Pour one out for Jessica Jones, the hard-boozing, superpowered, misanthropic P.I. (with the great jeans), who not only feels the pressure of ending her own series but being the last of The Defenders to say goodbye for now. And for how long? Well, those characters may eventually surface on Disney’s streaming service, but there’s no guarantee of that happening. With this third season starring Krysten Ritter, Netflix puts an end to their MCU era with a baker’s dozen of episodes that, at once, attempt to branch off into a refreshing new direction but also finds their purpose frustrated. Instead of a bang-up season, Jessica Jones drowns in a tired, overplayed question: What does it mean to be a hero?
Aaand that’s a theme that’s been pounded into the ground already by several superhero movies (the most similar take here would be Captain America: Civil War), and Jessica Jones dwells on that question for the season’s first eight episodes screened for review. If an inventive answer surfaces during the final five chapters, then it will have happened too late. This season succumbs to the dreaded bloat that the Netflix MCU adores — too many episodes, all around an hour long, against the developing trend for the best series this year (including Netflix’s Russian Doll and Black Summer) of shorter being better. With over 500 original shows airing in any given year, the time for brevity is now.
This season, the biggest instance of padding happens to be the one being heavily marketed — the transformation of Jessica’s adoptive sister, Trish (Rachael Taylor), into the streaming service’s version of Hellcat. She’s sarcastically described by Jessica as a “cat burglar,” since her budding vigilantism involves leaping out of windows several stories up, but goodness, there’s a lot of time wasted on Trish without much payoff. Her bottle episode, directed by Ritter, gives her an origin story and works well on its own. As far as integrating Trish as a hero into the main narrative, though, the process doesn’t feel smooth. Yes, there’s a nice sisterhood theme at work when Trish and Jessica both work together to stop a new villain, but other than that, she slows the series down. It feels like a chore, as a viewer, to slog through the process of accepting sort-of Hellcat while this show takes a bow.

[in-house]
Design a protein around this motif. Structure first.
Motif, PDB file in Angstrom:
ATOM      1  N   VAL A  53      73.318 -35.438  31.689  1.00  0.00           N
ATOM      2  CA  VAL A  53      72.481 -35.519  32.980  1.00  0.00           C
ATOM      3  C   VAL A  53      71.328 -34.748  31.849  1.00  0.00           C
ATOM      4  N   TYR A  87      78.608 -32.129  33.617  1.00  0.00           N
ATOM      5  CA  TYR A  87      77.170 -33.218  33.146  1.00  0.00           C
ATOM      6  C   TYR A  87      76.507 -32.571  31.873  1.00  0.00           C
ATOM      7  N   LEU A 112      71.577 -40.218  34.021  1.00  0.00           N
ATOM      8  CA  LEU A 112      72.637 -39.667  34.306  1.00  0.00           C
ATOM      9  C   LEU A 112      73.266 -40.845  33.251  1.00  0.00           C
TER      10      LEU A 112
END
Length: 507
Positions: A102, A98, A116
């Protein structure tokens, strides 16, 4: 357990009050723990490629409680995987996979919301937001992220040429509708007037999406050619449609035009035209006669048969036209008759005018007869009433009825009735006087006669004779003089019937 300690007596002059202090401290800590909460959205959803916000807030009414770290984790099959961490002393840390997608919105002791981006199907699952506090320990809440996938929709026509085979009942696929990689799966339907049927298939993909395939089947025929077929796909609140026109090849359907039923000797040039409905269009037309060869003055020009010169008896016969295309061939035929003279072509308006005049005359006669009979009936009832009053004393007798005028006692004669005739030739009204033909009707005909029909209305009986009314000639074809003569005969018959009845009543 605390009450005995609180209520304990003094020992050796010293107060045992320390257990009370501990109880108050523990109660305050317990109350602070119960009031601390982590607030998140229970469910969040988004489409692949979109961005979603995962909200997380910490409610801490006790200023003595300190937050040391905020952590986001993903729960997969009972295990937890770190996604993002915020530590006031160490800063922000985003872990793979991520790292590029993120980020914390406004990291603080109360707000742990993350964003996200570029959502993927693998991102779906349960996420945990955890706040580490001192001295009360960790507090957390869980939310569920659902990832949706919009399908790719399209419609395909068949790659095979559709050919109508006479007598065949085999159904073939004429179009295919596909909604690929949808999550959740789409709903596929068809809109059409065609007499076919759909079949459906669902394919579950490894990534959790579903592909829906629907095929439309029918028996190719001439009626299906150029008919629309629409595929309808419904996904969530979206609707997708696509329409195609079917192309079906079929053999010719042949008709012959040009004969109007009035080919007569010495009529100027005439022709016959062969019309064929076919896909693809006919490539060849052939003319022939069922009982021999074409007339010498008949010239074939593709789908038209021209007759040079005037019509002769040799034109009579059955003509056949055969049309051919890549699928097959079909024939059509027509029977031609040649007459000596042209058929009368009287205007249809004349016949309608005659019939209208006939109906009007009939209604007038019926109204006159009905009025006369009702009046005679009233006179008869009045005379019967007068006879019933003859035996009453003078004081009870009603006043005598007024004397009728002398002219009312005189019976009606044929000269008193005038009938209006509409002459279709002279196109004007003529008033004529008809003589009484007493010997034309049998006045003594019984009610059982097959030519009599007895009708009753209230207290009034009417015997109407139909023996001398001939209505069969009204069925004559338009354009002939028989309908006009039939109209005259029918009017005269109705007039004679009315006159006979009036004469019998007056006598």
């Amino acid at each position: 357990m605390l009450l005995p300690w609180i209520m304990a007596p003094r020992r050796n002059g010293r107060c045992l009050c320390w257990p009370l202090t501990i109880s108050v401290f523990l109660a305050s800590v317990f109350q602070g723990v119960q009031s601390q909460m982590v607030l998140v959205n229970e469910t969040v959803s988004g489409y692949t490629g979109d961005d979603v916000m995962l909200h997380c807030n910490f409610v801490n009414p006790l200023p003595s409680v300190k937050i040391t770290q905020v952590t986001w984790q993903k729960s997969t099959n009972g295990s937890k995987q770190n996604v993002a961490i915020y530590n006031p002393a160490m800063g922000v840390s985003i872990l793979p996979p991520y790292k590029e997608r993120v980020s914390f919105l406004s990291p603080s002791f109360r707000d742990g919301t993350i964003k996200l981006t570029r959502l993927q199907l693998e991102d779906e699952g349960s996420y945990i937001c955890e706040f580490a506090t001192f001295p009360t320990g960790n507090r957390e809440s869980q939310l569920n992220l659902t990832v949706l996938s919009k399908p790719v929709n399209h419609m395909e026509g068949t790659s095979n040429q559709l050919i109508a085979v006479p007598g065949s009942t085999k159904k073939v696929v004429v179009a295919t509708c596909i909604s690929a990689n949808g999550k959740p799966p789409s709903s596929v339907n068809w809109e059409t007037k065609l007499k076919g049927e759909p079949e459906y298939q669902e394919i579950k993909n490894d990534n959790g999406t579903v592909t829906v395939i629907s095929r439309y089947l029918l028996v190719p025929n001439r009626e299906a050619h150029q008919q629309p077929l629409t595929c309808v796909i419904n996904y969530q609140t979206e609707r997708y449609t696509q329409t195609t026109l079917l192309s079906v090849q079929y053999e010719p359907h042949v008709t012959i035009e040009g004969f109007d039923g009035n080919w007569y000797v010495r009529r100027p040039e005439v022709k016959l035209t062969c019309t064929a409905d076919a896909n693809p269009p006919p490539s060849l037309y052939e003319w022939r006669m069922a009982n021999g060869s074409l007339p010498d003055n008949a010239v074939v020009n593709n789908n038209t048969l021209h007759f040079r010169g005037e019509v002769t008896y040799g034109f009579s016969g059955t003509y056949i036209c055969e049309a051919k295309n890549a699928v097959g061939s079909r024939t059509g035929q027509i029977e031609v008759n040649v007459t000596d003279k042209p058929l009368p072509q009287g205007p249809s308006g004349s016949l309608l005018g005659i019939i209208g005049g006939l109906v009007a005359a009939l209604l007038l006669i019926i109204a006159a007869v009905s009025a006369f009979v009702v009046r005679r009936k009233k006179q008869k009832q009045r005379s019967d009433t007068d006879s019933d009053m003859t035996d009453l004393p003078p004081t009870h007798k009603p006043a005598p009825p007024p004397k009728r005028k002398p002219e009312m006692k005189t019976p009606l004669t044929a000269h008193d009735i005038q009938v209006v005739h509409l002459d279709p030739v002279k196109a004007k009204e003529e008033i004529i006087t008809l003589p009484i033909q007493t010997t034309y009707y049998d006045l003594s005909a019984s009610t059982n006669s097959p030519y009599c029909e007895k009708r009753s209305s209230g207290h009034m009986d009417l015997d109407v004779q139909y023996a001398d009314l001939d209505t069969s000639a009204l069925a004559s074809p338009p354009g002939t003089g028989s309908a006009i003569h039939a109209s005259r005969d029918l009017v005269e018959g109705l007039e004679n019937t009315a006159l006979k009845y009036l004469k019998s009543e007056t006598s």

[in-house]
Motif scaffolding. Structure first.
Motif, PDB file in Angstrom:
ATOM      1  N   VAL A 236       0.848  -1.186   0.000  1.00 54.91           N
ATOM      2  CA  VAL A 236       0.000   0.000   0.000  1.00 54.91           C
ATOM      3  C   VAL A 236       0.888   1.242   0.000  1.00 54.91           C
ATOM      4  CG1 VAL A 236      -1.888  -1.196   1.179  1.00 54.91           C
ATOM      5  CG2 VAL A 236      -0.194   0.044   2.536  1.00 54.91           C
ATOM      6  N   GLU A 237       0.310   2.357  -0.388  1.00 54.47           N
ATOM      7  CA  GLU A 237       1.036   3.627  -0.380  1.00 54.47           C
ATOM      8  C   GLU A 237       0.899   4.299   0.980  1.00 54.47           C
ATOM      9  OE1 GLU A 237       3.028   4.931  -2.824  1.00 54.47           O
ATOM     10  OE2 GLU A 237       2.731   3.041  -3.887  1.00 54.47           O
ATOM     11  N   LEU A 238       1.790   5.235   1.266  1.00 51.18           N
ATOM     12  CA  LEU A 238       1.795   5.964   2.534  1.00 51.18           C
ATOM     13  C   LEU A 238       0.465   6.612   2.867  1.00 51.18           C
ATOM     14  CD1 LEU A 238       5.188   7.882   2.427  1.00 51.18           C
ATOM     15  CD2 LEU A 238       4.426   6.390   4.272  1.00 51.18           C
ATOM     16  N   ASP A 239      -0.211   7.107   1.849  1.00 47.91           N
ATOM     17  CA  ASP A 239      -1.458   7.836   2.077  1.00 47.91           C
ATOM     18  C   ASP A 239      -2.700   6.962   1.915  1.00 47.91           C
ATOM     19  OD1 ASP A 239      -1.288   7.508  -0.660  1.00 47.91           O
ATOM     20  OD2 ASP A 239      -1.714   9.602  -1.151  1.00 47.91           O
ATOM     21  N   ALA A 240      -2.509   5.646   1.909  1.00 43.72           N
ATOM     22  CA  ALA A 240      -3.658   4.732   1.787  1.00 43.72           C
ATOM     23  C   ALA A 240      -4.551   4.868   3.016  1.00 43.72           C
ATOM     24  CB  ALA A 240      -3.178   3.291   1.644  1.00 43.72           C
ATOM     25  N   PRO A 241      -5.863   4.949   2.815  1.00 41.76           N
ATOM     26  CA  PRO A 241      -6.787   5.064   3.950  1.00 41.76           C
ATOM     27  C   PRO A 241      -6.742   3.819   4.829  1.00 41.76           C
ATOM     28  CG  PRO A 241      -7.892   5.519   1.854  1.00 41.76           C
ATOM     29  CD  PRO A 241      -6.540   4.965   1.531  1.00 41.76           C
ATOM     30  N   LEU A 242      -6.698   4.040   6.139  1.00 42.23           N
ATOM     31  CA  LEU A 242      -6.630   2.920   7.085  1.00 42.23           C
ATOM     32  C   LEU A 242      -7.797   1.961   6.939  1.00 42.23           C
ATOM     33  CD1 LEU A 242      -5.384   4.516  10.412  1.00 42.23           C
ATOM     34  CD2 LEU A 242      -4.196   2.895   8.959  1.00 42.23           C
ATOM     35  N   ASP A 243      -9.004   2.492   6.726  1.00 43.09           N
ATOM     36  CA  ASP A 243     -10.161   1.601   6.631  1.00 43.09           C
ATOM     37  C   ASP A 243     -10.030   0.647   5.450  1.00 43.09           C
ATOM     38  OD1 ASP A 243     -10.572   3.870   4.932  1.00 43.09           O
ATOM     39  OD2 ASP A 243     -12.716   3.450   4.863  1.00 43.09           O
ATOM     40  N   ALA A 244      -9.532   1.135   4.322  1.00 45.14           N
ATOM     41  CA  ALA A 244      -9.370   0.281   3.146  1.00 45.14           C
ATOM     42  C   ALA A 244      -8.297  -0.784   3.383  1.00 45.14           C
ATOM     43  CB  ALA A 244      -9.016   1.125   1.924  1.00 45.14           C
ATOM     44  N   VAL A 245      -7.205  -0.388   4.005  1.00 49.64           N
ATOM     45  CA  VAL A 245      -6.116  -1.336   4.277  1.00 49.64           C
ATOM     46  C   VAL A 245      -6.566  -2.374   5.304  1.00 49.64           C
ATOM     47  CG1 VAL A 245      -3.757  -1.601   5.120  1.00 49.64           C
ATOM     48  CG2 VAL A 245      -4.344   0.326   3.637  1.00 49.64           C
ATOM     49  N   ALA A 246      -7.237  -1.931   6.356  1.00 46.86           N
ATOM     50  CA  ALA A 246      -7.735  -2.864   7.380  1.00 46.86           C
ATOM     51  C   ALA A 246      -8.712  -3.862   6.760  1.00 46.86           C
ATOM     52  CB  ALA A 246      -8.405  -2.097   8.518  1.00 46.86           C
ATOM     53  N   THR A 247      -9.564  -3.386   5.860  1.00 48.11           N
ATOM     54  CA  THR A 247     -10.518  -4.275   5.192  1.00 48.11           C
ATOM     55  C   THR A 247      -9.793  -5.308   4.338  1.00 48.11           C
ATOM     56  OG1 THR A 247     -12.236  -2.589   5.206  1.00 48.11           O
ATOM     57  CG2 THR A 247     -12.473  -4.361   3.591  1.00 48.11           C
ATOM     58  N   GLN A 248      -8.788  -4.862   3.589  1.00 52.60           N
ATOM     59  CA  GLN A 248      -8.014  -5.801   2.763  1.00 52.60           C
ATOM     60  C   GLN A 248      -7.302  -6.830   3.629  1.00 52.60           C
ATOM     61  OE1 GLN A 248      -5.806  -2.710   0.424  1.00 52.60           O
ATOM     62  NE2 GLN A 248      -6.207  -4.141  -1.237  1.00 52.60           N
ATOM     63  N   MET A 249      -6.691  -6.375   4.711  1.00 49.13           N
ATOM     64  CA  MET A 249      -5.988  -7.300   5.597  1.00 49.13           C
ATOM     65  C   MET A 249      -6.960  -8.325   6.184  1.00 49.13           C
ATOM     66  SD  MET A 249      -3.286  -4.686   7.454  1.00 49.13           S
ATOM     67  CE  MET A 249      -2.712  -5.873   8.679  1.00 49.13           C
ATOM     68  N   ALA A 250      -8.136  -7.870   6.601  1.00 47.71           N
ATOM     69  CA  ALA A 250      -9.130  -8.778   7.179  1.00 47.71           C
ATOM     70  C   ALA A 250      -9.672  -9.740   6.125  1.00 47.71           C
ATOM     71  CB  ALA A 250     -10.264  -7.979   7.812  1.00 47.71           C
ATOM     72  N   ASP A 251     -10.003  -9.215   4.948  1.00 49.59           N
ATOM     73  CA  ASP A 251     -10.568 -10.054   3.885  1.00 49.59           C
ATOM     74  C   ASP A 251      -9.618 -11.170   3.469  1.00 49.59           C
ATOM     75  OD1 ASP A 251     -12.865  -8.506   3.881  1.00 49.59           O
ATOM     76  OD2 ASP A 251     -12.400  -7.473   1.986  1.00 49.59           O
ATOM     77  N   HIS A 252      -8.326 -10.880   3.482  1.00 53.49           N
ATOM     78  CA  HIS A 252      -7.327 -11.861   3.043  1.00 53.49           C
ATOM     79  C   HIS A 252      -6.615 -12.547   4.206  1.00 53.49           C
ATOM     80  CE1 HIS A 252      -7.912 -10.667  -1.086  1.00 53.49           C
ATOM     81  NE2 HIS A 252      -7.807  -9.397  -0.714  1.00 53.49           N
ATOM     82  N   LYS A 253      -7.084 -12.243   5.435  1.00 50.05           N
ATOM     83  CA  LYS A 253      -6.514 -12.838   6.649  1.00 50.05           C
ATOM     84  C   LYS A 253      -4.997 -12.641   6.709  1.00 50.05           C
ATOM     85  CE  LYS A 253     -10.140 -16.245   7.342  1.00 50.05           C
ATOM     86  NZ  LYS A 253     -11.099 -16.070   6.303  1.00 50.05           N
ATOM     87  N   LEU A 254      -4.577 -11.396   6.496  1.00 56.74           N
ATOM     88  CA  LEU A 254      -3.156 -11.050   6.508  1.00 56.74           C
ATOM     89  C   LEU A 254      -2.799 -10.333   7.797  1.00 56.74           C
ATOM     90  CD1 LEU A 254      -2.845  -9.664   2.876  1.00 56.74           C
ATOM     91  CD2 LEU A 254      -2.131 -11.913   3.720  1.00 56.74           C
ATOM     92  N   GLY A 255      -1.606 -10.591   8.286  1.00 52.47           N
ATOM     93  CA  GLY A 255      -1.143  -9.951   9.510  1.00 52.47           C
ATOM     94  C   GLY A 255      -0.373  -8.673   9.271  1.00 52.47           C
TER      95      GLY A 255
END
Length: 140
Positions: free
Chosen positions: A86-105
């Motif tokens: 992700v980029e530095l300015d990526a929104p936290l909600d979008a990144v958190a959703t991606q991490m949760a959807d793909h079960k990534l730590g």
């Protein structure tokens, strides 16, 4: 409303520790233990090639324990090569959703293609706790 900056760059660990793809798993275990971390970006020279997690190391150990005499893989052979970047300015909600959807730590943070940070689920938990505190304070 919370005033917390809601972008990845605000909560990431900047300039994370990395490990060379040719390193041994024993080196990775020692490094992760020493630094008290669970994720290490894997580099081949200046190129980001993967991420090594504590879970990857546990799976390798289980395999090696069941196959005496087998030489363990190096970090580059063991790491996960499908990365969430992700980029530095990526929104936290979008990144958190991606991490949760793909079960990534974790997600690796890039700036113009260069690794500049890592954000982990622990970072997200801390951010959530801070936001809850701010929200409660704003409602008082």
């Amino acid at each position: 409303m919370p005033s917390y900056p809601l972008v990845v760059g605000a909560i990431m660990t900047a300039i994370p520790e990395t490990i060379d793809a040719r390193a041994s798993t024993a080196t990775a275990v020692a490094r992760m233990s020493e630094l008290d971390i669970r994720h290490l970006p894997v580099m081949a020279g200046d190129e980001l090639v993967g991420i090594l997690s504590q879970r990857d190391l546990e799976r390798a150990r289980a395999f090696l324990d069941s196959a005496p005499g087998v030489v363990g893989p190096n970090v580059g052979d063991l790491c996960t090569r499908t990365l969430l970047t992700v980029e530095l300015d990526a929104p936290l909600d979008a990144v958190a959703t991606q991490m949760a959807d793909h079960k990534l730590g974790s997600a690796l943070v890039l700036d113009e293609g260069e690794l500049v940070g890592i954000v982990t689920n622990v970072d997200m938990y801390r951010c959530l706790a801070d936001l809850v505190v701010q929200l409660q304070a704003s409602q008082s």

That’s the gist of this final round, which is tragic because the production was underway while other Netflix Marvel series, one by one, received cancellation papers. The end result is the realization that Jessica Jones attempted to continue its established pattern of being the most nuanced of all these offerings, although it no longer matters, and that message gets lost in too many subplots. Still, the show’s tone has never wavered, even if the second season struggled to right itself after Jones defeated Kilgrave (played to perfection by David Tennant), the villain who was heavily rooted within the comics and symbolized psychological abuse, gaslighting, and rape culture. The later arrival of Jessica’s not-dead-after-all mother wasn’t as compelling but served as enough lingering trauma to push Jones to her third-season starting point.
This was a promising juncture, with Jessica finally able to put the past fully in the past and attempt to look toward the future. And the new villain (Jeremy Bobbs, even skeevier than he was in Russian Doll) who Jessica must confront is a fascinating breed and feels like an appropriate progression for this series. He’s a serial killer, one who attempts to build a following in the media. He embodies the soul of every MRA who’s raging against women who refuse to cower in the face of danger. This, as Jessica phrases it, offends his “fragile sense of masculinity.” Their interplay in moments like these is sheer fun to witness, and this new adversarial dynamic could have gone somewhere, especially with the show playing up its noir aspects. It’s also fleetingly thrilling to see a series hint at commentary on how pop culture idolizes serial killers — a phenomenon that was recently on display at Netflix. As you’ll recall, the streaming service asked viewers to stop lusting after Ted Bundy before going on to acquire the Zac Efron-starring biopic that paints him as a heartthrob.
Unfortunately, those efforts drown in a season that heavily leans into Trish, rather than fleshing out more of what’s happening with characters like Jeri Hogarth (Carrie-Anne Moss), who’s still terrifyingly manipulative but more desperate on both professional and personal levels, as she confronts the specter of death at any given moment. Not to mention the fact that Malcolm (Eka Darville) has switched from Team Jessica to Team Jeri, and he’s wrestling with the selling of his soul in the process. Those two deserve more screentime, but instead, they’re floating around almost aimlessly with scattered check-in times. Also a shame? The season contains many sharply funny moments, like Jessica at the beach in her standard “uniform” of leather and jeans, going viral after hero-ing out before a grumpy client calls her a “third-rate Joan Jett.” Then we see the classic Krysten Ritter expression that works so well for Jessica Jones, who has had enough of this sh*t. Sadly, the series feels that way as well while Jessica Jones puts the Netflix MCU era out of its misery.
Netflix’s final ‘Jessica Jones’ season arrives on June 14.